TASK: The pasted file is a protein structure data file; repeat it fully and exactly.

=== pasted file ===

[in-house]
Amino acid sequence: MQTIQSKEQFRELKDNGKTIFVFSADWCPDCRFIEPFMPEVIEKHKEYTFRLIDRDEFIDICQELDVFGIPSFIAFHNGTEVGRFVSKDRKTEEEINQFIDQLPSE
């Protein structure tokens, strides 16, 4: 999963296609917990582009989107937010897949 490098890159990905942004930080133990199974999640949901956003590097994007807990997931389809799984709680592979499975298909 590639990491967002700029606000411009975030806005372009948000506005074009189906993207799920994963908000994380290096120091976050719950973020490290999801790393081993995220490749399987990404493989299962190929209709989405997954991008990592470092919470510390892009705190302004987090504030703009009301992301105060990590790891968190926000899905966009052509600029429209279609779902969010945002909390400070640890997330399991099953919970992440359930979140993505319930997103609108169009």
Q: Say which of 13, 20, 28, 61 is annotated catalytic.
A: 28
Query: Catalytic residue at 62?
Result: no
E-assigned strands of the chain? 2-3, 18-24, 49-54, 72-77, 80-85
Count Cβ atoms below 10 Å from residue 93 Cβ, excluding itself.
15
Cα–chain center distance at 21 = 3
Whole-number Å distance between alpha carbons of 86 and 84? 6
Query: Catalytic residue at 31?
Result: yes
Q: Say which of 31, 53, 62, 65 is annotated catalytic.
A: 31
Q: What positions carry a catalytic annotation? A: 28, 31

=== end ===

[in-house]
Amino acid sequence: MQTIQSKEQFRELKDNGKTIFVFSADWCPDCRFIEPFMPEVIEKHKEYTFRLIDRDEFIDICQELDVFGIPSFIAFHNGTEVGRFVSKDRKTEEEINQFIDQLPSE
């Protein structure tokens, strides 16, 4: 999963296609917990582009989107937010897949 490098890159990905942004930080133990199974999640949901956003590097994007807990997931389809799984709680592979499975298909 590639990491967002700029606000411009975030806005372009948000506005074009189906993207799920994963908000994380290096120091976050719950973020490290999801790393081993995220490749399987990404493989299962190929209709989405997954991008990592470092919470510390892009705190302004987090504030703009009301992301105060990590790891968190926000899905966009052509600029429209279609779902969010945002909390400070640890997330399991099953919970992440359930979140993505319930997103609108169009």
Q: Say which of 13, 20, 28, 61 is annotated catalytic.
A: 28
Query: Catalytic residue at 62?
Result: no
E-assigned strands of the chain? 2-3, 18-24, 49-54, 72-77, 80-85
Count Cβ atoms below 10 Å from residue 93 Cβ, excluding itself.
15
Cα–chain center distance at 21 = 3
Whole-number Å distance between alpha carbons of 86 and 84? 6
Query: Catalytic residue at 31?
Result: yes
Q: Say which of 31, 53, 62, 65 is annotated catalytic.
A: 31
Q: What positions carry a catalytic annotation? A: 28, 31